If you find yourself on the receiving end of a complaint, the subject of an investigation, or facing a disciplinary proceeding before the Illinois Department of Financial and Professional Regulation (IDFPR), don’t bother defending yourself.
That’s not to say your license, reputation, and career aren’t worth fighting for; quite the opposite, actually. But the policies and procedures that govern IDFPR investigations, hearings, and imposition of sanctions are unique and complicated, and often times unwritten and informal; even skilled and experienced attorneys who do not practice before IDFPR can find themselves at a loss when dealing with licensure issues. You may be the target of a completely meritless client/patient complaint; you may have all of the facts on your side and the documentation or witnesses to prove it. But all of your arguments and evidence may never see the light of day if you don’t know the proper way to present your case.
Your lack of knowledge of the process and how IDFPR prosecuting attorneys think and work also means you may miss out on opportunities to resolve your case sooner, cheaper, and with a more positive outcome. The ability to effectively reach a negotiated resolution with prosecutors depends on understanding the range of consequences, the risks involved in proceeding to a full hearing, and the likelihood of obtaining a successful result. Unless you have had extensive experience defending your professional license (which is hopefully not the case), you will be at an overwhelming disadvantage in negotiations with IDFPR prosecuting attorneys.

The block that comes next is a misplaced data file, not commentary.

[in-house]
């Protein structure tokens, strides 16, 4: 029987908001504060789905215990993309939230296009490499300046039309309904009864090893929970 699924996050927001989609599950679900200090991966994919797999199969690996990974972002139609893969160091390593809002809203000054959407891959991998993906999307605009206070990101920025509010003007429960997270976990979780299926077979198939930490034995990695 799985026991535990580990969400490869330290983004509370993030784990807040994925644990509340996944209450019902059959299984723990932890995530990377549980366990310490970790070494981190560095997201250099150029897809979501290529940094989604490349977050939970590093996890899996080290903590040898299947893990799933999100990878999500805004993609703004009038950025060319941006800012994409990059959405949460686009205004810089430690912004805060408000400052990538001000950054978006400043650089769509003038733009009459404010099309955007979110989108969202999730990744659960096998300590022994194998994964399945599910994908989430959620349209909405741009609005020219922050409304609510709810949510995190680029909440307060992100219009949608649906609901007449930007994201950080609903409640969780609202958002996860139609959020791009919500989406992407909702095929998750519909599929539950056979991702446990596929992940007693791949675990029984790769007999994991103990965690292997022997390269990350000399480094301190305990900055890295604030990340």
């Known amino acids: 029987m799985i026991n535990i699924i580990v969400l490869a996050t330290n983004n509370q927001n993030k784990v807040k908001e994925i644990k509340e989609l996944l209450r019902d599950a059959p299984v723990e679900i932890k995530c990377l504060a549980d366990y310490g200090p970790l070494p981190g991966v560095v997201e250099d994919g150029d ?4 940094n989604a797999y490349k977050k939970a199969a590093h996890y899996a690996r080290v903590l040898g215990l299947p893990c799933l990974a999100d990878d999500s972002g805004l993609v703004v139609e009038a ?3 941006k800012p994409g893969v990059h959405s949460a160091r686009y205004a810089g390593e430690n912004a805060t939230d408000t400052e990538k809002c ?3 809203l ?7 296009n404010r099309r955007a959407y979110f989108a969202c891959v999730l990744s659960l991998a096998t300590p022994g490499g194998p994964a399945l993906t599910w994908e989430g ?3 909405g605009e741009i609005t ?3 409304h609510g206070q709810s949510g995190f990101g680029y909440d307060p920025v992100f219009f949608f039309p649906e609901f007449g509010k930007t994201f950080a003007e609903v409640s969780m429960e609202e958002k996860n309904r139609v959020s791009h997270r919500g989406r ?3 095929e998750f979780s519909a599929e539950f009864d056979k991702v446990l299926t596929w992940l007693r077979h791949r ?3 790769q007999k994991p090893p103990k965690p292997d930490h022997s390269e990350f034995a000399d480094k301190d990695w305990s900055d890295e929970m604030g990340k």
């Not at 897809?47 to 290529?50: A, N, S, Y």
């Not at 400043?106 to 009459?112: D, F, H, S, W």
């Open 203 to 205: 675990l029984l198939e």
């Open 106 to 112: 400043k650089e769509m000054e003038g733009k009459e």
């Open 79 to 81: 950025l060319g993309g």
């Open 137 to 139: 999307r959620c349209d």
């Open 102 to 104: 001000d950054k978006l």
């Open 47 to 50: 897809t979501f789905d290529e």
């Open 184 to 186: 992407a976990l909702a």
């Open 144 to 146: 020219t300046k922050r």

Even worse, the process can be manifestly unfair and stacked against you. Experienced and aggressive prosecutors have your license in their sights, and the hearing officer who will determine your fate is not necessarily independent and unbiased. IDFPR hearing officers are employed and paid by the IDFPR, just as the prosecuting attorneys are. Whether a hearing officer is consciously biased or not, the fact that their paychecks are coming from the very same folks who are seeking to discipline a respondent creates an implicit conflict of interest and calls into question the fairness of the entire process.
You are no doubt smart and know your profession well, but don’t make the mistake of thinking that you can or should handle an IDFPR investigation on your own. Your reputation, career and livelihood are at stake. Now is not the time to take a flyer and hope for the best.
Louis Fine: Chicago Professional License Defense Attorney
As a former Chief Prosecuting Attorney and administrative law judge for IDFPR, I have seen the serious consequences that an adverse enforcement decision can have on professionals who suddenly find their future in disarray. I understand how and why the Department decides to pursue investigations, how it handles negotiations, and how to approach formal proceedings in a way that gives my clients the best possible chance of a positive and expeditious outcome.
Please give me a call at (312) 236-2433 or fill out my online form to arrange for your free initial consultation. Together, we will get you back to your clients and your career.